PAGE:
Court greenlights Covid pass for restaurants, gyms, and care homes from Friday
Pandemic indicators in Catalonia have worsened over past few weeks
Covid-19 certificates will be needed to enter bars, restaurants, gyms, and to visit elderly care home residents in Catalonia from Friday.
The new restriction will be in force for two weeks before, as always, authorities will again review the measures in force and decide on whether to extend them or alter them in any way.
It remains to be seen whether the measure will be extended to other establishments in the coming days after health authorities recommended introducing the use of Covid passes to enter cinemas and theatres.
The High Court greenlighted the measure on Thursday after the government first announced it on Tuesday after expressing concern about worsening indicators.
In a press conference on Tuesday, government spokesperson Patrícia Plaja said that the increase in transmissions, especially among under 12s and 30 to 49 age group, is "already noticeable" in hospitals.
Visits to primary care centers have gone up 36% in the past week due to Covid-19.
Up to now, Covid health passes demonstrating proof of vaccination, recovery from the virus, or a recent negative test have been required in Catalonia to enter nightclubs or attend events in hotels and restaurants with indoor dance floors.
Curfew for restaurants and nightclubs being discussed
Also this week, it was revealed that Spain is considering tightening Covid-19 restrictions again, and limiting the opening hours of nightclubs is among the measures being discussed.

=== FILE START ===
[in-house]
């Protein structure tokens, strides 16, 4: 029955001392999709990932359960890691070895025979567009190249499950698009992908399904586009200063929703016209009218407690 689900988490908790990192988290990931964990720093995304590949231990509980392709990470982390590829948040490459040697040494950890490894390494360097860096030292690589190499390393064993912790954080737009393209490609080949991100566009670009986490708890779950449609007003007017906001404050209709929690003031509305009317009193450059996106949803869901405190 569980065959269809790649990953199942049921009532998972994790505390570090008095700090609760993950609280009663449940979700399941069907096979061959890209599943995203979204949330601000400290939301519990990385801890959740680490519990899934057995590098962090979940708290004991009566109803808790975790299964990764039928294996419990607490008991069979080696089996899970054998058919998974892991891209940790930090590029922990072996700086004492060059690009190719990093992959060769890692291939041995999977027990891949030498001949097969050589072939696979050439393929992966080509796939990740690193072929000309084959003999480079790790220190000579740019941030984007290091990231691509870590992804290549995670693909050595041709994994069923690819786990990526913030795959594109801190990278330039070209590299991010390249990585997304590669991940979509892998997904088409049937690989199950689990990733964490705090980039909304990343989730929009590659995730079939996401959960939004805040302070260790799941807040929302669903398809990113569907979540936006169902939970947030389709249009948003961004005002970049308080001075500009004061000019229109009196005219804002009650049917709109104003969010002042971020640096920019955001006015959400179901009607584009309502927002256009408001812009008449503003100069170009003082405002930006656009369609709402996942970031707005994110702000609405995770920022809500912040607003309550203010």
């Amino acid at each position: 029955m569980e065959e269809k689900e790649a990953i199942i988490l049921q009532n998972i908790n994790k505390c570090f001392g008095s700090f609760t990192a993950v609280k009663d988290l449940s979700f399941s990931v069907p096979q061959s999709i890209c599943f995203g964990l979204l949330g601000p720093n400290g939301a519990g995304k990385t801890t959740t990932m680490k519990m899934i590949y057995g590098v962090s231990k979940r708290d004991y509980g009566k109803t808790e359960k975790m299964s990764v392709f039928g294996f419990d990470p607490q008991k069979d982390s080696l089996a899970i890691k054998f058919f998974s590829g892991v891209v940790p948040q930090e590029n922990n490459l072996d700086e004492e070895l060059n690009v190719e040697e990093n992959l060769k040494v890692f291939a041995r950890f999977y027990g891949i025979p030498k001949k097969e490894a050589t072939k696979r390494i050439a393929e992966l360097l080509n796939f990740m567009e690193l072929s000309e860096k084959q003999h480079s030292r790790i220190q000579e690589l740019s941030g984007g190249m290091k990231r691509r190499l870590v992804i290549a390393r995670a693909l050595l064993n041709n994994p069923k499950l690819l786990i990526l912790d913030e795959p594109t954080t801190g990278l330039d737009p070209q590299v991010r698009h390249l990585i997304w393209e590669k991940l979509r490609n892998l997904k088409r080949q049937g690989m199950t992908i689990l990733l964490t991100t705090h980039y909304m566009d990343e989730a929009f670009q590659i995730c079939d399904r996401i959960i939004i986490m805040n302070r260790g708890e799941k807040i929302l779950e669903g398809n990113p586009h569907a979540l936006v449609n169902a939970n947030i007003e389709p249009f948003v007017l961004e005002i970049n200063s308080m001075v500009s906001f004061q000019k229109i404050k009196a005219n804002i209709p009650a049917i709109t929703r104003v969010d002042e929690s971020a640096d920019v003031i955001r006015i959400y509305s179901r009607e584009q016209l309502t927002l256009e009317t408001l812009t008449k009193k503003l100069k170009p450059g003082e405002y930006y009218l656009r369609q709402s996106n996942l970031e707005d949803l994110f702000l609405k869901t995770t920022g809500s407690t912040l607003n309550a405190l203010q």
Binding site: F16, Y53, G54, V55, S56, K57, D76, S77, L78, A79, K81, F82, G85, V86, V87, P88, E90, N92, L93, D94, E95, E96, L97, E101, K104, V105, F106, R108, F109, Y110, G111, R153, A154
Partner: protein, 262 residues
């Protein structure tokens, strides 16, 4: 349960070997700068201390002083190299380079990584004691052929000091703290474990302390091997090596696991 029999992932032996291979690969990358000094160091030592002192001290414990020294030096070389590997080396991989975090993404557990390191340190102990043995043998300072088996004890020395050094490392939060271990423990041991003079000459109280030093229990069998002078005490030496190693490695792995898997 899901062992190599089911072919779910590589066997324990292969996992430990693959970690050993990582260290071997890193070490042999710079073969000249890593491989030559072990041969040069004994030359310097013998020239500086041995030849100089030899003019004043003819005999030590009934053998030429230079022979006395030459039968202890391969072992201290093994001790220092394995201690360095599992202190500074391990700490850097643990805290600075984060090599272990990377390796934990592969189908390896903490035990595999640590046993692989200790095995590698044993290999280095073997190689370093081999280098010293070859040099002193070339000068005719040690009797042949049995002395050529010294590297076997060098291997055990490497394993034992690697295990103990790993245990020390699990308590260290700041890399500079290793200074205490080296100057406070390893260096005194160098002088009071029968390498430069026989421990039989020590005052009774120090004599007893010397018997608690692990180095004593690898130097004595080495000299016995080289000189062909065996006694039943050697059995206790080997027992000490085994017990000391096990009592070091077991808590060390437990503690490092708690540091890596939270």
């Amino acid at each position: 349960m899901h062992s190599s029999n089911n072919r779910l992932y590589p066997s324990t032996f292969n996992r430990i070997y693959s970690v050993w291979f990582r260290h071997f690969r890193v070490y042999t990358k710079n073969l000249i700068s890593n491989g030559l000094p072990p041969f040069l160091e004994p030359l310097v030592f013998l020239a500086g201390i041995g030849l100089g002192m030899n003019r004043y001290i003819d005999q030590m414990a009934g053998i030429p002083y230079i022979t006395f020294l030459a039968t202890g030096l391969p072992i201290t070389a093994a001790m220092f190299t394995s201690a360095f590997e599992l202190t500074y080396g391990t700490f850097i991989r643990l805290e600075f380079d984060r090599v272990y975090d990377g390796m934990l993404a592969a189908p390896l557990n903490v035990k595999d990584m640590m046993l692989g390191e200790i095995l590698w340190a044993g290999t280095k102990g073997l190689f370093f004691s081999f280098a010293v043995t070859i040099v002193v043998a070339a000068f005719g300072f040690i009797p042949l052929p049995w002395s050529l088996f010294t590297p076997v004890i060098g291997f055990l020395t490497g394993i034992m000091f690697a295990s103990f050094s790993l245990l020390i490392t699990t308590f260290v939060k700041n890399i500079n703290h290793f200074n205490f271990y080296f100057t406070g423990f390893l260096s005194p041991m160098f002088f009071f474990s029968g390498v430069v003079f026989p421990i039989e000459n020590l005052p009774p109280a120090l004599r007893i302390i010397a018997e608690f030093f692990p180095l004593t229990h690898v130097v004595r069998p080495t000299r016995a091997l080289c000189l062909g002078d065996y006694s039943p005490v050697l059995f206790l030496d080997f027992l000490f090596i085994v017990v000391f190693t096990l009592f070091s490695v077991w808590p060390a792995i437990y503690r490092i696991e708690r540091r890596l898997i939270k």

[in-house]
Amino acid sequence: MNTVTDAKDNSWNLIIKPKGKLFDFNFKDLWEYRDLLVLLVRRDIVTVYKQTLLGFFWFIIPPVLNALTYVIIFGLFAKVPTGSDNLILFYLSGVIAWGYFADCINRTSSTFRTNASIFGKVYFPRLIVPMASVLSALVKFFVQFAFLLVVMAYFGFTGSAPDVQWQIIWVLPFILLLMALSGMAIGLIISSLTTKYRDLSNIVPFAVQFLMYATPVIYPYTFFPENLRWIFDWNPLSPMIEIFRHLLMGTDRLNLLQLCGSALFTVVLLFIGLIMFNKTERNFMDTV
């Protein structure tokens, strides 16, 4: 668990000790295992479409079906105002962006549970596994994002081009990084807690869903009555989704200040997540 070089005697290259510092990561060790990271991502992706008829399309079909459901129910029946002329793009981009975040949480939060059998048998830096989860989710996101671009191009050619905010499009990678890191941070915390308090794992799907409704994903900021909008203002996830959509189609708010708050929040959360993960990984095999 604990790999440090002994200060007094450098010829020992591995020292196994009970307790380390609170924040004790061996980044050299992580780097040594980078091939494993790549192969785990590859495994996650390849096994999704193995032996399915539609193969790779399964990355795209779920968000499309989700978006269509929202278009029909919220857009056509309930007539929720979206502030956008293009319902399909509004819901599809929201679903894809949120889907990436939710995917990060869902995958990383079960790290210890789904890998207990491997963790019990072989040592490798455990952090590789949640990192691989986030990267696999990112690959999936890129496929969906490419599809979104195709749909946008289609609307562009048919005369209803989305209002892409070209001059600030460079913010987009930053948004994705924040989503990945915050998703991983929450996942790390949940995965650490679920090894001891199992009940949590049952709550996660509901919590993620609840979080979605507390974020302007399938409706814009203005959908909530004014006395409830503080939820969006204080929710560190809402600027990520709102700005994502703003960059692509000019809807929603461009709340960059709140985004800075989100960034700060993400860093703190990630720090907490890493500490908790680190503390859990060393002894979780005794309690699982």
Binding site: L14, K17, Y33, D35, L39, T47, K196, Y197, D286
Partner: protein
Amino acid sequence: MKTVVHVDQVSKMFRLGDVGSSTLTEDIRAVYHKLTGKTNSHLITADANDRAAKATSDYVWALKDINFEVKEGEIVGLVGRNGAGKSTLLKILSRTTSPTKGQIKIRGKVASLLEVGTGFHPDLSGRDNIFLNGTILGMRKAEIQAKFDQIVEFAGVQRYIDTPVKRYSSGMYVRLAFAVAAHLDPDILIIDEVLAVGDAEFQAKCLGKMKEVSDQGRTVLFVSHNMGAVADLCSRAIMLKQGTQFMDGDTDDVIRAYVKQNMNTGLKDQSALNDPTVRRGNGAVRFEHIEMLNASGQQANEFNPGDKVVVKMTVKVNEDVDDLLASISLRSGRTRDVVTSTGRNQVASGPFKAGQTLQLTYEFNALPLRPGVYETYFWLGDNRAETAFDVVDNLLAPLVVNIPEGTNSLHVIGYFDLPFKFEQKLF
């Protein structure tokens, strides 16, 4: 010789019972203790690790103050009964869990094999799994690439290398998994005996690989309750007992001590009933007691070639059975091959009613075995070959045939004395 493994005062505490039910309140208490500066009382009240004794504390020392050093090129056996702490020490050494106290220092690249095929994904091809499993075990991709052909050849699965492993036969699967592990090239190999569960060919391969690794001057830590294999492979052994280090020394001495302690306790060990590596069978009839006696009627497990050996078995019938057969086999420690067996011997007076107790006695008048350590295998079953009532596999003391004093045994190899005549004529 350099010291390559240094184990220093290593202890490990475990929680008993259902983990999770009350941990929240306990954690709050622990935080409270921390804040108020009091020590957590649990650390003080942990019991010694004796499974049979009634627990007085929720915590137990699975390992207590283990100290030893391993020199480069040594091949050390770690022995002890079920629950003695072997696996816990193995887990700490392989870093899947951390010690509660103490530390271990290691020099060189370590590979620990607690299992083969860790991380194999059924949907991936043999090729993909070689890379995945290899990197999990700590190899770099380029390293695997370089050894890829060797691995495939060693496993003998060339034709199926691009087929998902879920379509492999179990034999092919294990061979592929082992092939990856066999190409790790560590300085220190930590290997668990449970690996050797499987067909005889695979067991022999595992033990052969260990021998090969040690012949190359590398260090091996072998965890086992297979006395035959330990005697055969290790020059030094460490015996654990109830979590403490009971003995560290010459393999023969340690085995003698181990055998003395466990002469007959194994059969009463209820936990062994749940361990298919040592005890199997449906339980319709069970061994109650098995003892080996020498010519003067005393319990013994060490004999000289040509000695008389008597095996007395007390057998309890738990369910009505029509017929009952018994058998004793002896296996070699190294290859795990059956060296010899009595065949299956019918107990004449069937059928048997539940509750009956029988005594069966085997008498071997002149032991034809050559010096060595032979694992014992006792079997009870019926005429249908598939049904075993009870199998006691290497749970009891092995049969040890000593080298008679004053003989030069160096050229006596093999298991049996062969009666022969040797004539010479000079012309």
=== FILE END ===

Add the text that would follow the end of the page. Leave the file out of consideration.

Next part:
The public health committee, which includes the Spanish health ministry as well as those of regional governments such as Catalonia's, could propose an 11 pm curfew for bars and restaurants, and force nightclubs to close by 1 am, as the ministry confirmed to the Catalan News Agency (ACN) after newspaper La Vanguardia first broke the news.
9-month limit for Covid certs
The European Commission has proposed reducing the validity time of the Covid-19 Digital Certificate for travelling between countries from twelve months to nine.
The proposal was made as it becomes more apparent that immunity among the vaccinated population begins to wane over time.
"Beyond 9 months [the certificate] will not be recognized," said European justice commissioner Didier Reynders.
The European Centre for Disease Prevention and Control has stated that immunity begins to be lost six months after the second dose is given, but has added three extra months to this permitted time period to travel so that vaccination campaigns can be adjusted.
Brussels hopes that the 27 will give the green light to this proposal and that it will enter into force on 10 January.
Despite the increase in transmissions, spokesperson Plaja also said that the government celebrates that the vaccine rollout is picking up pace again.
Indeed, over 191,336 people have received a jab in the past week, although 132,715 of those were booster shots.
The vaccine rollout began in Catalonia on December 27, 2020. As of November 24, 2021, 6,029,738 residents have been given the first dose of the vaccine, 76.2% of the total population. Out of those, 5,217,146 have also been administered a second dose (66% of the total population). 5,935,982 residents are considered to be fully immunized (74.8%).
Under 65s who have already had the virus are only required to have the first dose, and others have received a single-dose jab. Therefore, the % of two doses administered and % fully immunized do not match.
As of November 24, 2021, Catalonia has administered 523,690 booster shots to these groups.